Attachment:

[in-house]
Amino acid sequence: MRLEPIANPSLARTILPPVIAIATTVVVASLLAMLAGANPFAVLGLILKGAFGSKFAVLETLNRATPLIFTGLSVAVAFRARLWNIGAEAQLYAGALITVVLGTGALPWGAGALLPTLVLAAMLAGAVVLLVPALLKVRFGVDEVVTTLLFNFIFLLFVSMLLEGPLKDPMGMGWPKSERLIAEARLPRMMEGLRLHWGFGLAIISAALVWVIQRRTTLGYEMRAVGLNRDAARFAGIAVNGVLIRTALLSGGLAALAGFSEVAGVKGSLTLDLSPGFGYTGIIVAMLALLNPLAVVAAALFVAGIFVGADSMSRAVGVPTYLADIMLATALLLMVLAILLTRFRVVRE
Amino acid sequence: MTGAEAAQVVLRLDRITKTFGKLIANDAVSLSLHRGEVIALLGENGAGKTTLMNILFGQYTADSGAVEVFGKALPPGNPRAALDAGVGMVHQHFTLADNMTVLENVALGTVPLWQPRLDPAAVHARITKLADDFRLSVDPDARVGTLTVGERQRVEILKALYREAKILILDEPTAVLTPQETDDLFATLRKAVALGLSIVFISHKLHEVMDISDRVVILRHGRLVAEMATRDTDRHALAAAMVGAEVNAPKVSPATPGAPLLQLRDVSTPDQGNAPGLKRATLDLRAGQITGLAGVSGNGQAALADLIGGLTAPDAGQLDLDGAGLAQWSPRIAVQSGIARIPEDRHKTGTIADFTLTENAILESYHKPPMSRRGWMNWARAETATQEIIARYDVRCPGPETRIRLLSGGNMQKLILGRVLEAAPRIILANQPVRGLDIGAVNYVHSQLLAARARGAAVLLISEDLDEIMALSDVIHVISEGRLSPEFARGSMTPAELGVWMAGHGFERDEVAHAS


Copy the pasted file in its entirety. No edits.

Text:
[in-house]
Amino acid sequence: MRLEPIANPSLARTILPPVIAIATTVVVASLLAMLAGANPFAVLGLILKGAFGSKFAVLETLNRATPLIFTGLSVAVAFRARLWNIGAEAQLYAGALITVVLGTGALPWGAGALLPTLVLAAMLAGAVVLLVPALLKVRFGVDEVVTTLLFNFIFLLFVSMLLEGPLKDPMGMGWPKSERLIAEARLPRMMEGLRLHWGFGLAIISAALVWVIQRRTTLGYEMRAVGLNRDAARFAGIAVNGVLIRTALLSGGLAALAGFSEVAGVKGSLTLDLSPGFGYTGIIVAMLALLNPLAVVAAALFVAGIFVGADSMSRAVGVPTYLADIMLATALLLMVLAILLTRFRVVRE
Amino acid sequence: MTGAEAAQVVLRLDRITKTFGKLIANDAVSLSLHRGEVIALLGENGAGKTTLMNILFGQYTADSGAVEVFGKALPPGNPRAALDAGVGMVHQHFTLADNMTVLENVALGTVPLWQPRLDPAAVHARITKLADDFRLSVDPDARVGTLTVGERQRVEILKALYREAKILILDEPTAVLTPQETDDLFATLRKAVALGLSIVFISHKLHEVMDISDRVVILRHGRLVAEMATRDTDRHALAAAMVGAEVNAPKVSPATPGAPLLQLRDVSTPDQGNAPGLKRATLDLRAGQITGLAGVSGNGQAALADLIGGLTAPDAGQLDLDGAGLAQWSPRIAVQSGIARIPEDRHKTGTIADFTLTENAILESYHKPPMSRRGWMNWARAETATQEIIARYDVRCPGPETRIRLLSGGNMQKLILGRVLEAAPRIILANQPVRGLDIGAVNYVHSQLLAARARGAAVLLISEDLDEIMALSDVIHVISEGRLSPEFARGSMTPAELGVWMAGHGFERDEVAHAS